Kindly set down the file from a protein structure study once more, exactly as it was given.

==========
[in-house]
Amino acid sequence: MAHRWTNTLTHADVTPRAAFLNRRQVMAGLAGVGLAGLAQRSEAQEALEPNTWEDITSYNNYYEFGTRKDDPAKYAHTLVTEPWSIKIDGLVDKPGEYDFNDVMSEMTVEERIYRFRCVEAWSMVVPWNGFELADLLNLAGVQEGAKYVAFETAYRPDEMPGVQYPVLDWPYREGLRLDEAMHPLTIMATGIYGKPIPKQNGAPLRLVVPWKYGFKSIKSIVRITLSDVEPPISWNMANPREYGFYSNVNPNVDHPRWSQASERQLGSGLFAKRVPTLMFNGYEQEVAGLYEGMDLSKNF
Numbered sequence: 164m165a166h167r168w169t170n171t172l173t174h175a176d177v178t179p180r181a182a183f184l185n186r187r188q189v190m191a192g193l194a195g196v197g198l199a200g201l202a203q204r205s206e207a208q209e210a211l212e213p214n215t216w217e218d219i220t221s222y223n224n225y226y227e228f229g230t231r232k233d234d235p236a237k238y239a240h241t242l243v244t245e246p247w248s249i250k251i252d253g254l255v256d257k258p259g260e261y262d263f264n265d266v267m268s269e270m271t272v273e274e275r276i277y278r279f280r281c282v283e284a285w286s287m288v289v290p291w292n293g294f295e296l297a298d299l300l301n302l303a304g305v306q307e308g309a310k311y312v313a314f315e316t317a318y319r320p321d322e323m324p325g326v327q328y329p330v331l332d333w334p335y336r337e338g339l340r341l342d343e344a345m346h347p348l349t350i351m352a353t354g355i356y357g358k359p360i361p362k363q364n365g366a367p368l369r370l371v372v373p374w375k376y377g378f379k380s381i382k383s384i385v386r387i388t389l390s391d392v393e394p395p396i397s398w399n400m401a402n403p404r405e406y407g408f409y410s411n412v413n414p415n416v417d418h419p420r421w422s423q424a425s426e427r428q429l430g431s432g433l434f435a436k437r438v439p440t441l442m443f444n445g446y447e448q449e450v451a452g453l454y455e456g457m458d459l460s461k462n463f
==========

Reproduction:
[in-house]
Amino acid sequence: MAHRWTNTLTHADVTPRAAFLNRRQVMAGLAGVGLAGLAQRSEAQEALEPNTWEDITSYNNYYEFGTRKDDPAKYAHTLVTEPWSIKIDGLVDKPGEYDFNDVMSEMTVEERIYRFRCVEAWSMVVPWNGFELADLLNLAGVQEGAKYVAFETAYRPDEMPGVQYPVLDWPYREGLRLDEAMHPLTIMATGIYGKPIPKQNGAPLRLVVPWKYGFKSIKSIVRITLSDVEPPISWNMANPREYGFYSNVNPNVDHPRWSQASERQLGSGLFAKRVPTLMFNGYEQEVAGLYEGMDLSKNF
Numbered sequence: 164m165a166h167r168w169t170n171t172l173t174h175a176d177v178t179p180r181a182a183f184l185n186r187r188q189v190m191a192g193l194a195g196v197g198l199a200g201l202a203q204r205s206e207a208q209e210a211l212e213p214n215t216w217e218d219i220t221s222y223n224n225y226y227e228f229g230t231r232k233d234d235p236a237k238y239a240h241t242l243v244t245e246p247w248s249i250k251i252d253g254l255v256d257k258p259g260e261y262d263f264n265d266v267m268s269e270m271t272v273e274e275r276i277y278r279f280r281c282v283e284a285w286s287m288v289v290p291w292n293g294f295e296l297a298d299l300l301n302l303a304g305v306q307e308g309a310k311y312v313a314f315e316t317a318y319r320p321d322e323m324p325g326v327q328y329p330v331l332d333w334p335y336r337e338g339l340r341l342d343e344a345m346h347p348l349t350i351m352a353t354g355i356y357g358k359p360i361p362k363q364n365g366a367p368l369r370l371v372v373p374w375k376y377g378f379k380s381i382k383s384i385v386r387i388t389l390s391d392v393e394p395p396i397s398w399n400m401a402n403p404r405e406y407g408f409y410s411n412v413n414p415n416v417d418h419p420r421w422s423q424a425s426e427r428q429l430g431s432g433l434f435a436k437r438v439p440t441l442m443f444n445g446y447e448q449e450v451a452g453l454y455e456g457m458d459l460s461k462n463f